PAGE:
|I don't think I'm revealing any big secrets when I say that I'm the first Blogging the Renaissance blogger -- if I can still claim to be one, after being disappeared for so long -- to be going through the tenure process. This seems to merit some commentary. My department is meeting very, very soon, and right now I'm finishing up the "tenure file," for their reading pleasure.|
The thing I want to say about tenure is this: we should all relax. I'm probably jinxing myself here, but I've heard so many people freak out about it, and so many people talk about the process itself as though it were some enormous task they had to accomplish, some huge project, that I feel the need to demystify it a little bit. There are definitely things to freak out about in our professional lives. Getting the book published, chiefly. But, honestly, that's about it. To get tenure -- and I'm talking here about the kind of institution that actually *gives* tenure -- you really only need to accomplish a few, pretty basic things. You have to have good teaching evaluations. OK. But as far as I can tell, on my campus at least, *everyone* has good teaching evaluations: students are incredibly generous on those things. At State U, the average (on a scale with 5 as the best) is about 4.5 You just can't tell me that the teaching is actually that good. If there's grade inflation, there's also evaluation inflation. So teaching evaluations aren't a big issue. As for "service" -- well, that ain't nothin'. I've been on committees that never even met. That leaves research -- ie, essentially, the book. (Plus the "and a half" that you have to dream up, for the file). And that, on the other hand, is something, and something big.
But the issue with the book is really an issue about the current state of academic publishing, and therefore in part a separate conversation. For tenure, under the guidelines that seem to be generally accepted these days, if you do your work and manage to publish the book, everything else happens as though by magic: maybe there are departments that are crazier than mine, but it really seems to me that if you're just a little bit canny about how you interact with others, and if you have just the slightest self-awareness about your position, you will fulfill all departmental and university expectations without really even realizing you're doing it.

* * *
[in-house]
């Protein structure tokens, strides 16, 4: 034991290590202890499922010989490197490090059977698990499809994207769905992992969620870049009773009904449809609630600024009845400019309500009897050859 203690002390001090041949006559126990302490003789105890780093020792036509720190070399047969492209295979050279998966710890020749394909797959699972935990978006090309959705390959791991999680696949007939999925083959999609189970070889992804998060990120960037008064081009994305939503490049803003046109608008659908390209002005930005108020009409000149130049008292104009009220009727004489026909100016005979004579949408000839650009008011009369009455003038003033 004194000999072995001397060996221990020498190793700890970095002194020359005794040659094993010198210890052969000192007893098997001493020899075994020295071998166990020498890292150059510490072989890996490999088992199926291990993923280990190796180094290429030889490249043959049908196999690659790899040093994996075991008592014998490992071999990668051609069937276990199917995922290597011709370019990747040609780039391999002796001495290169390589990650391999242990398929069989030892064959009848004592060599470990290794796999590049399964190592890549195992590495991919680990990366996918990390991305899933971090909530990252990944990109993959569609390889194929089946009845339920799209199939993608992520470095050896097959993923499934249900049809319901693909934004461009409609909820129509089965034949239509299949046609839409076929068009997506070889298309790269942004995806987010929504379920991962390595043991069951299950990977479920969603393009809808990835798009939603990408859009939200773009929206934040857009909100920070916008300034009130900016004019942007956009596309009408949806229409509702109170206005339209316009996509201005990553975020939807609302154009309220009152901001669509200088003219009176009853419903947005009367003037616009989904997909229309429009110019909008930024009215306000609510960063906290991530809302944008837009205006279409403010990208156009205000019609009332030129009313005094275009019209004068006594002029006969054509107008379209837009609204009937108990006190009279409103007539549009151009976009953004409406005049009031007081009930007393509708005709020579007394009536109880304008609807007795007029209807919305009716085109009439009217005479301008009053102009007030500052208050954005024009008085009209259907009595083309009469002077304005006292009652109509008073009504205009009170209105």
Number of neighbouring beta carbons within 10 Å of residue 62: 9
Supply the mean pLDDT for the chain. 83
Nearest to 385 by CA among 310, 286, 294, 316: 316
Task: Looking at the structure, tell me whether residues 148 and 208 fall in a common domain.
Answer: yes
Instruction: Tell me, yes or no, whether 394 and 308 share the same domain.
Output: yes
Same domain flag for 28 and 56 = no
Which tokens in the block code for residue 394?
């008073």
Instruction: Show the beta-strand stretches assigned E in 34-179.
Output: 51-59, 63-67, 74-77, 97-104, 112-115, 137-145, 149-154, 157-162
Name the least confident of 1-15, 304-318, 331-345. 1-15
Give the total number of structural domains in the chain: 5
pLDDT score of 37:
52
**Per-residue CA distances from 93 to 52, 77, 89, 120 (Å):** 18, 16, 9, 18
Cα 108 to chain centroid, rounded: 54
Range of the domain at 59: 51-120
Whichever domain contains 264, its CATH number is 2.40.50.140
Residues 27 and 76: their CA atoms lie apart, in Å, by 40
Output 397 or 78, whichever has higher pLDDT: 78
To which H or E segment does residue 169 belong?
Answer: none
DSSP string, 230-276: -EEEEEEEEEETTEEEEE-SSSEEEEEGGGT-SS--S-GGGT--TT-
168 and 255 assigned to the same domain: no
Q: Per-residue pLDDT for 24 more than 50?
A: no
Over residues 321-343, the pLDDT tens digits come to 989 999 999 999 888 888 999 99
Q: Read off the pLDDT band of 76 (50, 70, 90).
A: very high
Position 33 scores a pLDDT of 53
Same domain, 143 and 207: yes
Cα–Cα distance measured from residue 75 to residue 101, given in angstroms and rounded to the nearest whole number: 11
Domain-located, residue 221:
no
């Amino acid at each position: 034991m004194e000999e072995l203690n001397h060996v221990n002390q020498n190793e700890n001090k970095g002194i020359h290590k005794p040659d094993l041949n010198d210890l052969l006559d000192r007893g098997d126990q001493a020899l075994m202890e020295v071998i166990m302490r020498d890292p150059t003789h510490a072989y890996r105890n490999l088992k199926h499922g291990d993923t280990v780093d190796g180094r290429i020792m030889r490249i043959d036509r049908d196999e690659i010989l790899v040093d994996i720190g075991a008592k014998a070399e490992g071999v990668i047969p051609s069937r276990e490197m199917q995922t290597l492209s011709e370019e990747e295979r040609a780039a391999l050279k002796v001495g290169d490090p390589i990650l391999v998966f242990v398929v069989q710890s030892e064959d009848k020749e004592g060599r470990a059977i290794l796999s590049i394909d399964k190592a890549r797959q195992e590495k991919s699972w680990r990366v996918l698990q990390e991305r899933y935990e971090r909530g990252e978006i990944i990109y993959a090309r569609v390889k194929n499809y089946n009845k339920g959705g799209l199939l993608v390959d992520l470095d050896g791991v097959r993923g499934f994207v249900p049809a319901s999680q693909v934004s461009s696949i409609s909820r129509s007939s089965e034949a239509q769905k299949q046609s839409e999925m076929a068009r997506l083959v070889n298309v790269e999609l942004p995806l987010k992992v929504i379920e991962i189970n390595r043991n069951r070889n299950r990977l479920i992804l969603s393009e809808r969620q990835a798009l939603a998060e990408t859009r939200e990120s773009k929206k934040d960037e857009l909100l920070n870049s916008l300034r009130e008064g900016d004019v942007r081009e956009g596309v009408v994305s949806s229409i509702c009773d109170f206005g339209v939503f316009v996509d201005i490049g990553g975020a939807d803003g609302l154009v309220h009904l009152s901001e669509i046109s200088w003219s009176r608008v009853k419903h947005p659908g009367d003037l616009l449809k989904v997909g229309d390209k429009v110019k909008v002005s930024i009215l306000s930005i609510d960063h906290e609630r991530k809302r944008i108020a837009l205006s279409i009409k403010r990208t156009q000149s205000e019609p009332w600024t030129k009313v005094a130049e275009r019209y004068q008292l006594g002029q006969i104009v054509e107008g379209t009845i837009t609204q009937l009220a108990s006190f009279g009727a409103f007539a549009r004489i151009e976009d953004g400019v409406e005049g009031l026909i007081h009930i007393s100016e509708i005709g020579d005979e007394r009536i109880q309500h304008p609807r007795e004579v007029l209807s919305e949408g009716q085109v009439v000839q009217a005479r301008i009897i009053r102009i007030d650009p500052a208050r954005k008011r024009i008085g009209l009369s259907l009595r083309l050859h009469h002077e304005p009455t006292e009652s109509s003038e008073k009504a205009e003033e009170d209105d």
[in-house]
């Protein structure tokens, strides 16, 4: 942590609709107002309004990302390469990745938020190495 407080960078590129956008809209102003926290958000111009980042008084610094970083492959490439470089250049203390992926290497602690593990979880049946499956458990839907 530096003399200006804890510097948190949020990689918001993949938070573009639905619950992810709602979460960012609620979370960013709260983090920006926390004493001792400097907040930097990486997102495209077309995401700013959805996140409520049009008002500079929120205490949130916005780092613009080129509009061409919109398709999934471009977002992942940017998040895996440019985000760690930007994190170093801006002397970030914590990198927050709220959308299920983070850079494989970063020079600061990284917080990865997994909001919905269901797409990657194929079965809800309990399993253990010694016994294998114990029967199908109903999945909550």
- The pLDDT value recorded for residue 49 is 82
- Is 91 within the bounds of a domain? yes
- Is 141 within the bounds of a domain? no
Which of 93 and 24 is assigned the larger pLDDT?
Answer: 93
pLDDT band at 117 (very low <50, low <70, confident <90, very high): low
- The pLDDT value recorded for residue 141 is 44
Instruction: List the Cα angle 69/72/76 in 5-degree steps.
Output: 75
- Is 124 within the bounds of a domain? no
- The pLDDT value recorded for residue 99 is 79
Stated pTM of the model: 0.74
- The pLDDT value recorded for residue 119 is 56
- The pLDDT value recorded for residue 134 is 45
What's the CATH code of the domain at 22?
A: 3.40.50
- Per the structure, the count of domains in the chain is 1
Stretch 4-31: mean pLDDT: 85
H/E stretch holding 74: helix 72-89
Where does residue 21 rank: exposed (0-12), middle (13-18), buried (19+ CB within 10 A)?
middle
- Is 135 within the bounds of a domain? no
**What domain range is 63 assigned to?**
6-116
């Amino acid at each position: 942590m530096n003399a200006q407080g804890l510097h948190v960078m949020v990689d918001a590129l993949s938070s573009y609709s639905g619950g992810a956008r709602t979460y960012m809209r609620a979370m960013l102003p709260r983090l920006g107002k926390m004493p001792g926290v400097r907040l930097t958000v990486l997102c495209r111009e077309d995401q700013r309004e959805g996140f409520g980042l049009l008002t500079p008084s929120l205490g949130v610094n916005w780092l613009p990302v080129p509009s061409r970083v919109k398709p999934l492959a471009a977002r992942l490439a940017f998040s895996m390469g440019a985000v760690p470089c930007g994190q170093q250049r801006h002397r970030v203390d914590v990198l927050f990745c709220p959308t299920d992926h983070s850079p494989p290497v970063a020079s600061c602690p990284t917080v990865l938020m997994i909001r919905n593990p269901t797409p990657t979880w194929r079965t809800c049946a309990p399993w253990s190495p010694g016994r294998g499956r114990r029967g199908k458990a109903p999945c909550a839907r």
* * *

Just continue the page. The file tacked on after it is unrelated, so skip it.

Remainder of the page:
And as for the "tenure file" -- please. It's a glorified CV, with a little commentary.
Now, I should admit that I'm in a department that has been *very* supportive, and at a university that is pretty sane in its practices, at least as far as tenure goes. I'm sure there are places where these things aren't true, and I'm sure there are places where the amount of pressure on junior faculty is just higher, on a day-to-day basis. At this point, every time I run into a colleague in the hallway, they tell me that the meeting about my tenure will be "a celebration." That seems to be the word they've settled on. So, this may not be a typical situation. But even the scary stories I've heard circulated are not really always that scary, when you hear them as an outsider. Academics are an anxious people, and I think most of this is in our minds. The scariest things, in the long road to tenure, are the everyday interactions: in other words, the really taxing thing is a kind of magnified social anxiety. But that social anxiety has nothing whatsoever to do with the actual, concrete tasks we're expected to accomplish. Those are no big deal.
None of this would apply, of course, if I were writing about, say, Yale, rather than State U. But I take it that at places like Yale there's basically no such thing as tenure any more anyway.
OK, I've definitely jinxed myself. Back to the unlocalized, pointless anxiety.